Portlanders honor 61 killed in traffic crashes this year; Call for safer roads, victim support

Sunday was World Day of Remembrance, a day to remember those killed in traffic accidents, and community members gathered in the Lloyd District to honor them.
Published: Nov. 19, 2023 at 5:59 PM PST
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PORTLAND Ore. (KPTV) - As of Sunday, 62 people have died in traffic crashes on Portland streets.

Sunday was World Day of Remembrance, an international day to remember those killed in traffic accidents, and community members gathered in the Portland Lloyd District to honor them.

A group of about 30 people marched from the Lloyd Center to the Veterans Memorial Coliseum, where the dead were represented by 61 (the count as of Nov. 14) sleeping bags with tags displaying their names and the dates they died.

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The Street Trust and Families for Safe Streets partnered to put on the event in hopes of moving the public to action.

Sarah Iannarone, executive director of The Street Trust, said similar events happened in more than 70 cities across North America.

“That’s just a fraction of the people killed in our community,” Iannarone said, gesturing to the sleeping bags on the ground. “134 people were killed across the Tri-County, greater Portland metro area, and 460 people died on Oregon’s streets and roads as of November 8th this year.”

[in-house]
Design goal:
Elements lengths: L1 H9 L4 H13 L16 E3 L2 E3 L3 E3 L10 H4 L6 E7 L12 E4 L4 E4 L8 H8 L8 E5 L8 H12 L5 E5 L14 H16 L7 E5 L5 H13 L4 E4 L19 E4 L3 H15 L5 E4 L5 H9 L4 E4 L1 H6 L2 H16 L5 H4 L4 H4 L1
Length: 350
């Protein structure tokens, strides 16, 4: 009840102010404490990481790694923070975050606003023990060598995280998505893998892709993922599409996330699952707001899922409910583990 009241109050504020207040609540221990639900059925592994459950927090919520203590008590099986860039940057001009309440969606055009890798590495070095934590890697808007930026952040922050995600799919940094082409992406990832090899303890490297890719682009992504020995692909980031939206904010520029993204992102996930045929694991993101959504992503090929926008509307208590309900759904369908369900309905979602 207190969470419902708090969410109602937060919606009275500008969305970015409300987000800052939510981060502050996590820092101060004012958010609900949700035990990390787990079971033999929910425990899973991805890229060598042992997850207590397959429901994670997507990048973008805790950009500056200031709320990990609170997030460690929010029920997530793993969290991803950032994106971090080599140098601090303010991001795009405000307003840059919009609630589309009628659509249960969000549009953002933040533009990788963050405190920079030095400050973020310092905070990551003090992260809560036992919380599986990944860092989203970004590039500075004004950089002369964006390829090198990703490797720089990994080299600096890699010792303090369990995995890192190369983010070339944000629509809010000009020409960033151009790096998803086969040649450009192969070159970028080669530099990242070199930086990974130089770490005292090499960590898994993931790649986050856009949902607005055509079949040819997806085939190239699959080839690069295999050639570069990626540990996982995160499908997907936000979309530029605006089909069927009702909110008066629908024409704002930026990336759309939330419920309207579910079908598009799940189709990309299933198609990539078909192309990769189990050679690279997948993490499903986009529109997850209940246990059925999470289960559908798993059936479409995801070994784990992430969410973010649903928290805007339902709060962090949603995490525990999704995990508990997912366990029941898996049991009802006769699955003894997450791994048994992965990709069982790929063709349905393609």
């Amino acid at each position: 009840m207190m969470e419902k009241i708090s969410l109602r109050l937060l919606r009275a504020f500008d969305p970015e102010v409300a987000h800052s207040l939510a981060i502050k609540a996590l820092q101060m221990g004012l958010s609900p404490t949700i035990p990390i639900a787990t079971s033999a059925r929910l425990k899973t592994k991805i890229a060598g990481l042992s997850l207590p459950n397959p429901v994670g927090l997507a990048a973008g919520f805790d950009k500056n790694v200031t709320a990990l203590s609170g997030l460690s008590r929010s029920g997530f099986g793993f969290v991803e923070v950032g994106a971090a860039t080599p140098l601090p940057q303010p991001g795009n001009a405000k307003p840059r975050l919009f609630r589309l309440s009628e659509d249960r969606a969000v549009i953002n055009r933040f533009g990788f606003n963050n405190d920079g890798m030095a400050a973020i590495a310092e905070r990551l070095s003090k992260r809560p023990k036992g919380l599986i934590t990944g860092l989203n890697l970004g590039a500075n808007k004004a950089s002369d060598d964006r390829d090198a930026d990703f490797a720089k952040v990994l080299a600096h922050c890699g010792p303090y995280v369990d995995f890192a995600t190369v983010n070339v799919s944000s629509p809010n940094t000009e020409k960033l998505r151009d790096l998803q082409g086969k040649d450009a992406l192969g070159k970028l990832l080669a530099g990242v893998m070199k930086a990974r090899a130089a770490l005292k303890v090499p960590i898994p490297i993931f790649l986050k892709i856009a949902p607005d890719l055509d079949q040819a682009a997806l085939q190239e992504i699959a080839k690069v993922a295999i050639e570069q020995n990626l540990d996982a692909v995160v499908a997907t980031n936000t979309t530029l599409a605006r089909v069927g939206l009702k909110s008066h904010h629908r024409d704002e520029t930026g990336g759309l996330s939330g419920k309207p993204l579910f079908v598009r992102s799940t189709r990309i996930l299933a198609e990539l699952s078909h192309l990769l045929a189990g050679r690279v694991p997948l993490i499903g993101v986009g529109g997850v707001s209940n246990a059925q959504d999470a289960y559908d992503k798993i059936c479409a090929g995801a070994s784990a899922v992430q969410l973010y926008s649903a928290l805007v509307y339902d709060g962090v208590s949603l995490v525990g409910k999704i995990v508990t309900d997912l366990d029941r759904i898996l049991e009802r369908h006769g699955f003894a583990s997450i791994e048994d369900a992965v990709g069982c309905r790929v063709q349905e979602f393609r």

For some, like Beth Schmidt from Salem, it was extremely personal. She attended the event to honor her late coworker, Denise Van Dyke, who died last December when a car turned into the crosswalk as she was crossing the street near their workplace.

Schmidt was one of the first to witness the aftermath.

“She was a really amazing woman, really well-read, so funny, she had a light about her,” Schmidt said. “I don’t want to behave in a way that it didn’t happen. It’s hard to deal with because of what I saw, but it’s also what motivates me to continue to talk about pedestrian safety.”

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Organizers said they hope to gather enough support to elect leaders who will pursue safer roads, advocate for traffic victims and educate people on how to prevent accidents.

According to The Street Trust, annual traffic deaths in Oregon nearly doubled between 2010 and 2022, and it’s turned into an emergency.

“It’s our opinion that these deaths are preventable and we need to treat this as the public health crisis that it is,” Iannarone said.

Following the event, the sleeping bags will be donated to people in need, organizers said.

To find out more about their upcoming goals and projects, visit The Street Trust website here.